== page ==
Writing for My Boys - The American Spectator | USA News and Politics
Writing for My Boys

Let me tell you why Daddy’s been quiet lately.

First, of course, it’s because I’m a writer. So there is always a narrative or a story running through my head. I’m always “turning sentences around,” as one of Philip Roth’s characters described it.

I was already doing it when I was in second grade, like you, Bud. When I was in second grade, my friends and I all watched the Davy Crockett shows on Walt Disney, and, and when those hour-long TV shows were put together into a movie, we eagerly went to the theater to see it there. We didn’t have videotape back then, but we were every bit as interested in flintlock rifles and coonskin caps as you are in light sabres and Naboo Starfighters. And just like you reading Star Wars books, I read all the books I could find about Davy Crockett, about the old American frontier, and about the wars and conflicts of that time, long ago and far away.

When I played outside with my friends, we played Davy Crockett. I used to organize those games, just like you organize your pals when you say, “Let’s play Star Wars!” One time, I got all the guys to charge an imaginary enemy position in our next-door neighbor’s hedge. As we ran toward the hedge, I turned, waving my sword in the air, and yelled out, “The bushes vomited smoke and fire!”

All my pals stopped.

“What?” said Greg Skoglund, one of my best buddies. “What did you say?”

“Uh, the bushes…I mean…” I mumbled. I had read it in a book. You mean it wasn’t real? Didn’t everybody read the book?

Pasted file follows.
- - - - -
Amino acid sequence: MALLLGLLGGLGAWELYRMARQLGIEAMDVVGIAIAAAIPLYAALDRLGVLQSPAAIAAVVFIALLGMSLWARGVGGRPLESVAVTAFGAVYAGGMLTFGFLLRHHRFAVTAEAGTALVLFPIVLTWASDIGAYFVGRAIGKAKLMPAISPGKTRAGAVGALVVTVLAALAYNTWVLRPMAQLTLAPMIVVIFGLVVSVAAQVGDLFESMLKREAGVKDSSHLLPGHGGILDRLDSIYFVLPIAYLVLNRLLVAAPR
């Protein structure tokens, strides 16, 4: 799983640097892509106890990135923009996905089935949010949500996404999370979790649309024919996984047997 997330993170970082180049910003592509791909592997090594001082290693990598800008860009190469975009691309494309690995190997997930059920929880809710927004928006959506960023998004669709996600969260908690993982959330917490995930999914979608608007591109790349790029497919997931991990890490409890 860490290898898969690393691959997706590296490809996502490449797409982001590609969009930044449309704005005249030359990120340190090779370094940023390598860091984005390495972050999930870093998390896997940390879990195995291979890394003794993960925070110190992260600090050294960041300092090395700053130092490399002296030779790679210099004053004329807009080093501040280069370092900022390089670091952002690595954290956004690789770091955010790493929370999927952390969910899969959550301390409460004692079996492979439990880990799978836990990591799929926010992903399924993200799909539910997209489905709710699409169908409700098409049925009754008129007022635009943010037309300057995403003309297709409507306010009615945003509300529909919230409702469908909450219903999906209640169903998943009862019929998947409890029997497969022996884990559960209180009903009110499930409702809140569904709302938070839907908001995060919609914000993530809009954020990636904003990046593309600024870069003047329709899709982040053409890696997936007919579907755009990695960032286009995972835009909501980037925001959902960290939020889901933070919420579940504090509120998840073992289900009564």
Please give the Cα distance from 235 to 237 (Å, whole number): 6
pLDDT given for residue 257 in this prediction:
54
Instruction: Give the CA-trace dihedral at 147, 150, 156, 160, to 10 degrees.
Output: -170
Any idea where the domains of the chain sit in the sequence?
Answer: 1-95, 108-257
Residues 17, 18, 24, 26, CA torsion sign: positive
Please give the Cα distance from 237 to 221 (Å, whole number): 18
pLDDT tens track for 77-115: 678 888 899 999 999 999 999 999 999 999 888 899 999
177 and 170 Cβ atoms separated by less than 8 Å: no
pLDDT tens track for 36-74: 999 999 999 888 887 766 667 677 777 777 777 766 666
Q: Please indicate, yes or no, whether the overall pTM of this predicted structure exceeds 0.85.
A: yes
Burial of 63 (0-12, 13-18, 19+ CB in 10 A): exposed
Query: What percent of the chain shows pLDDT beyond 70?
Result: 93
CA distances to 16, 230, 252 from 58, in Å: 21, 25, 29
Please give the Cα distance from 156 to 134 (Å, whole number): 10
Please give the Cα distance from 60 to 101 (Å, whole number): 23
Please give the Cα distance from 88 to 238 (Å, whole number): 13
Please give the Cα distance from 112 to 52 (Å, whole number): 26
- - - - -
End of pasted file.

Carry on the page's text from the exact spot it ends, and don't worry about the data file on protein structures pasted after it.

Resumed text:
My buddies all laughed at me.

No, not everybody has a story going on in his head all the time. But I do, and you do, too, and I understand.

I understand how beautiful everything is. I sit on the front porch smoking a cigar and watch you and your little brother Joe play, and as I look across the street, the houses and trees and mailboxes and flowers, the people puttering in their yards, the kids skipping home from school, the occasional jet overhead climbing out Newark, all these things look as sharp and clear as an image etched in a crystal ball. But it’s real. It’s dewy and jewel-like and the colors look like they’re about to burst and drip from the very images of all I see.

Perhaps Joe, at age two and a half, sees things this way, too. He’s constantly stunned by surprise.

“Daddy, a bug!”

“Yes, Joe.”

“Daddy, a bug! A bug, Daddy!”

This morning, Bud, you said something wonderful. You said, “Daddy, Mommy, I know Daddy’s going to have to go in the hospital and he’ll have to recover for a while, and I want you to know that I’ll take care of Joe. I’ll be the Daddy.”

That’s wonderful not because you can be a Daddy, or because you ought to try to be, but because, in searching for an image to describe how you wanted to help, you chose me.

Out front, as the light slowly moves across the trees and the houses, little Joe tires of his scooter and sits down on the step.

“Sit nexta me, Daddy,” he says. And he cuddles up close.

You, too, Bud. Come here and sit next to Daddy, and we’ll all look together.

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